JFK (1991)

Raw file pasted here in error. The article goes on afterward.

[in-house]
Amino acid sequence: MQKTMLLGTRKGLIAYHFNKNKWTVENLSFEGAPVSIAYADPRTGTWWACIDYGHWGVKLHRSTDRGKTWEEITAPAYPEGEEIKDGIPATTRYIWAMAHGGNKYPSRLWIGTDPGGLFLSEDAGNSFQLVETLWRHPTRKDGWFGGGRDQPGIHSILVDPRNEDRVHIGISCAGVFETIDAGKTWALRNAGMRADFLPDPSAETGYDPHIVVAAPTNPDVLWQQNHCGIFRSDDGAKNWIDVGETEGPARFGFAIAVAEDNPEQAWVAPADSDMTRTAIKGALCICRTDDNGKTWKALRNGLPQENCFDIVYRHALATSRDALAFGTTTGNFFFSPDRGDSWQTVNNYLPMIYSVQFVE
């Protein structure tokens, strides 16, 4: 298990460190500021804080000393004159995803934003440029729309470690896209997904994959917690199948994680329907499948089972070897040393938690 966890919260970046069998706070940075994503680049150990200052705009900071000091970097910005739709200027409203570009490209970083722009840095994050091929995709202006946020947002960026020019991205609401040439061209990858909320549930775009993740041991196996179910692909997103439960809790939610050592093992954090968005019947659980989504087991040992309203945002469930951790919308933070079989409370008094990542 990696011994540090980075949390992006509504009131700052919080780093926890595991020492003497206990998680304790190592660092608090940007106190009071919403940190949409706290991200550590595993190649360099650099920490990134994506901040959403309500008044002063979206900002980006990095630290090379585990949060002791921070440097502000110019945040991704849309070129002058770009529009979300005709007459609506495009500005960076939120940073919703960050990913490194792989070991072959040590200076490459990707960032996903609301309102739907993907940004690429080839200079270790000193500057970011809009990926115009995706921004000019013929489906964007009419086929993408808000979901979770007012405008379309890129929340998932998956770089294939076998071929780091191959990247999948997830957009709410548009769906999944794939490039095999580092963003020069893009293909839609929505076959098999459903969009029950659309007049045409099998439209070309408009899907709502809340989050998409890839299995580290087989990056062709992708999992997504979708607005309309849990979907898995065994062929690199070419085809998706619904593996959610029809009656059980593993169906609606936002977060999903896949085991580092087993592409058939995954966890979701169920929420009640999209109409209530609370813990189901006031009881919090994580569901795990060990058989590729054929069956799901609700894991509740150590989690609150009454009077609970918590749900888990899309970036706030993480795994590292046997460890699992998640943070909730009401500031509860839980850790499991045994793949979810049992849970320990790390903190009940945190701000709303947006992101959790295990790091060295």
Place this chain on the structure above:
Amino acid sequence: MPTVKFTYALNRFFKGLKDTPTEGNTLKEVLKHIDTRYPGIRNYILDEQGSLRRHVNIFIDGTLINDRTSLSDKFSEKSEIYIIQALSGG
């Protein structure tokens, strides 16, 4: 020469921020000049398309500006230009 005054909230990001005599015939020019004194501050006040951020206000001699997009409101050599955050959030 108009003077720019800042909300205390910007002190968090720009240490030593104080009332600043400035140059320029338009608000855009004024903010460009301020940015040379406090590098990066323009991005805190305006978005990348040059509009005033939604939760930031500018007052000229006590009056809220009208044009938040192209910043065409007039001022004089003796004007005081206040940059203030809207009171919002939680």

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11/22/63. No matter where you stand on whodunnit, this adaptation of N’Oleans DA Jim Garrison and Jim Marrs’s book hits so many targets so precisely you have to just wonder in awe at Oliver Stone’s masterful cinematic achievement. The legal-conspiracy thriller reached new – and mature, true – heights with this exploration of the facts, theories, rumours and lurid stories surrounding the many oversights and strange findings of the Warren Commission. The expedient assassination of the most charismatic American President and the many malcontents who might have ordered it are explored in a series of brilliant character portraits in Stone and Zachary Sklar’s screenplay and performed by a game, talented cast. Garrison is played by Kevin Costner but there are so many great supporting actors – Joe Pesci and his wig are unforgettable as David Ferrie, Walter Matthau is great as Senator Long,  Gary Oldman is the patsy, Lee Harvey Oswald, Kevin Bacon impresses as Willie O’Keeffe. And more. So many more! I don’t know if Stone ever discussed this with Woody Harrelson, whose hitman dad was rumoured to be the shooter on the grassy knoll, and I don’t know if the second fatal shot was shockingly administered in error (maybe) by one of the agents on the car (that’s the most probable scenario, given the ammo burns, IMHO), and frankly it always seemed logical that LBJ ordered the hit, but  what do I know?! This packs a visceral punch. And it was 53 years ago today.  What a revolting anniversary to have to mark. Politics, American-style, with all those mysterious lone gunmen and Manchurian candidates. Stunning, shocking, what film is for.